BEIJING - Beijing will apply a stricter emission standard for the city's five million motor vehicles next year to reduce automobile exhaust, the biggest source of air pollution in the Chinese capital, an environmental official said Saturday.
"Beijing will impose the national standard V for vehicle emission in 2012 ahead of schedule, which will be around the same time a similar standard is imposed in developed countries," said Zhang Lijun, vice-minister of environmental protection.
Zhang made the remarks at a press conference on the sidelines of the annual session of the National People's Congress, China's top legislature, but he did not mention the original schedule to apply the new standard.
The latest official comment on imposing the standard V came last September from Du Shaozhong, vice director of Beijing's environmental protection bureau. He only said that Beijing would impose the standard V as soon as possible.
The number of motor vehicles on Beijing's roads more than quadrupled from 1 million in 1997 to 4.76 million at the end of 2010, leading to widespread congestion and hampering the city's environmental protection.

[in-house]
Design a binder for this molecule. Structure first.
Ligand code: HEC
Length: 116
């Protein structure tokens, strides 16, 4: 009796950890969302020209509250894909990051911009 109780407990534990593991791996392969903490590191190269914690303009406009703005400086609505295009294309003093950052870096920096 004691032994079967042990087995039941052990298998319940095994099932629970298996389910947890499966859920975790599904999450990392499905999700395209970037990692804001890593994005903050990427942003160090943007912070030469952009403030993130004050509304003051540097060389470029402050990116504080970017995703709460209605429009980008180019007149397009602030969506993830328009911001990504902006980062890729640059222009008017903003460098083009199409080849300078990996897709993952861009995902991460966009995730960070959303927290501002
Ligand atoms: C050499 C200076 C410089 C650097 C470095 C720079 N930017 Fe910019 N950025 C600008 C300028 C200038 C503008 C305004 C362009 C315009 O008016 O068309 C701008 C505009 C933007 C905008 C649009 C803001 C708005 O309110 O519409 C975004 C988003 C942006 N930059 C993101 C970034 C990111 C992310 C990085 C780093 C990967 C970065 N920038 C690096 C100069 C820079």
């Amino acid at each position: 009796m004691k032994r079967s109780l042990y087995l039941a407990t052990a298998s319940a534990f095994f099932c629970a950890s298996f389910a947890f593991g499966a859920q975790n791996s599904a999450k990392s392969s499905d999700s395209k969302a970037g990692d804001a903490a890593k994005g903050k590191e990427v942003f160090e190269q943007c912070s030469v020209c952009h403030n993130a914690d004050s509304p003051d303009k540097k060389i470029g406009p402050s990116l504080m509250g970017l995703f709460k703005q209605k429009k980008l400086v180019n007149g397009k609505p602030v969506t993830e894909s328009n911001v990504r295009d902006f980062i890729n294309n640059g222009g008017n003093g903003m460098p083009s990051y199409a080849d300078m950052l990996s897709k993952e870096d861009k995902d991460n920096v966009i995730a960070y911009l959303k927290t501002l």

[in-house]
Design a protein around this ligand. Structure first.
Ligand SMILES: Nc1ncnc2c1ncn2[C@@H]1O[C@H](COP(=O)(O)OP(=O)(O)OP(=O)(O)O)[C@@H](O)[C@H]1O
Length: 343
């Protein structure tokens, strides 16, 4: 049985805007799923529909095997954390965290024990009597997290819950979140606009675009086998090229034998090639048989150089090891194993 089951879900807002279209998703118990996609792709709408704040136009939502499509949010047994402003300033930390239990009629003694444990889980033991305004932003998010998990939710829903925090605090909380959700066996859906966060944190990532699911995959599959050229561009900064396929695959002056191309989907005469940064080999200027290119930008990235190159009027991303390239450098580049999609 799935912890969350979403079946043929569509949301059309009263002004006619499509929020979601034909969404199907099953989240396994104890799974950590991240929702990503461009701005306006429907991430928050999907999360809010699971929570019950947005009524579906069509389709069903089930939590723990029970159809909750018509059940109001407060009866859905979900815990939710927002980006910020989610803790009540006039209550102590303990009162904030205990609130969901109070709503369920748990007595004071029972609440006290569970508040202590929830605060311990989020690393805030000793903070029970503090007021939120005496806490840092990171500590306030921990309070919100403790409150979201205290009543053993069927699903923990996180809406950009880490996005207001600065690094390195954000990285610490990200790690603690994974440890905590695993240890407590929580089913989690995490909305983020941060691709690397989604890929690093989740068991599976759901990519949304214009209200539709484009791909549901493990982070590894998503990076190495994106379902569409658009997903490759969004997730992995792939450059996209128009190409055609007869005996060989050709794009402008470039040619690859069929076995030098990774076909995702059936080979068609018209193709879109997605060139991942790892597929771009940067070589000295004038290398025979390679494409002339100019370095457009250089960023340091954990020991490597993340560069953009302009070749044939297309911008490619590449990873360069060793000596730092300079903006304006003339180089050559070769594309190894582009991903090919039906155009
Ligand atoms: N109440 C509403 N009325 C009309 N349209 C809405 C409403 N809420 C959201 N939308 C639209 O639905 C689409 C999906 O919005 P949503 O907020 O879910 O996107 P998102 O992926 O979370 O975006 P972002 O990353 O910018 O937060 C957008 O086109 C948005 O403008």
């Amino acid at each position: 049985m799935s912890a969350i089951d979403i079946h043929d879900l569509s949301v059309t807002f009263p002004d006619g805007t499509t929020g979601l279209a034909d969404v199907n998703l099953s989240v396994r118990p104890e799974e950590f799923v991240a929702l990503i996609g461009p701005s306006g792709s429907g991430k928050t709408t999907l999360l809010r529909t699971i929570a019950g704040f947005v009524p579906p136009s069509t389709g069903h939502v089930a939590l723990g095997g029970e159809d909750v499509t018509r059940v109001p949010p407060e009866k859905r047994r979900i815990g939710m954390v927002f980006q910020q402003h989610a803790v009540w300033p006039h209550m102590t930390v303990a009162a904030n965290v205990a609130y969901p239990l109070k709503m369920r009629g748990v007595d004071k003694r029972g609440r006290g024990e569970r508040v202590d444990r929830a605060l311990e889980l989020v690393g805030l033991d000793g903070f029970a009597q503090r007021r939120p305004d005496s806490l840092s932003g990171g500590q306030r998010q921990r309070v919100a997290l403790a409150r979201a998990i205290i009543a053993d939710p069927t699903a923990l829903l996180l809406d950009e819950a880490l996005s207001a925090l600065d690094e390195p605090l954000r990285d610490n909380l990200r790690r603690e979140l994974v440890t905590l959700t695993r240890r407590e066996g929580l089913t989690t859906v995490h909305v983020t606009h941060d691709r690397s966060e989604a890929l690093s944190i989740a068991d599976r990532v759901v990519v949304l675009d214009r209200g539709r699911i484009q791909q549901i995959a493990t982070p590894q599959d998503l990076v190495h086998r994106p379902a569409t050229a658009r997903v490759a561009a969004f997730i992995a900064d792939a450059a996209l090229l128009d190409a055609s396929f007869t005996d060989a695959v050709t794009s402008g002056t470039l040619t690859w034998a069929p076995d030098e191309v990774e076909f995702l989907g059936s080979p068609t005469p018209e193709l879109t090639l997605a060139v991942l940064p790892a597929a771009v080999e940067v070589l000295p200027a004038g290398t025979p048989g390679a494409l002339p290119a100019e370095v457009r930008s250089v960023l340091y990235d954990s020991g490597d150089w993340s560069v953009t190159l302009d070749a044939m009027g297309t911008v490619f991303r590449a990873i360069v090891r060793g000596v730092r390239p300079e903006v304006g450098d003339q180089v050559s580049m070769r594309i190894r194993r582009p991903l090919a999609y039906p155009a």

Research has shown that more than three quarters of total air pollution comes from vehicle carbon monoxide and hydrocarbon emissions in large cities including Beijing, Shanghai and Guangzhou.
Beijing municipal government raised vehicle emission standards four times from standard I in 1999 to Standard IV in 2008. With each raise, pollutant amount from a singe vehicle dropped by 30 to 50 percent.
At the end of last year, in order to ease traffic congestion and improve the environment, the city decided to adopt a lottery system that limits new issued car license plates to 240,000 in 2011, about one third of the number registered in 2010.
In addition to imposing the emission standard V, the municipal government will strengthen dust suppression to improve the environment, said Zhang.
According to him, air quality in Beijing has improved relatively a lot in the last several years. In 2010, the number of days with air quality classified as excellent and good accounted for 78.4 percent of the whole year, an increase of 14.3 percent from 2005.
Zhang acknowledged that China currently uses an air-quality index that better fits developing countries but is less strict than the indexes used by developed countries.
He also said the government is drawing up a program to make sure Beijing and its surrounding regions work in concerted efforts to combat air pollution.
"We will implement the program stringently in the next five years. I believe that air quality in Beijing will improve significantly with the implementation (of the program)," he said.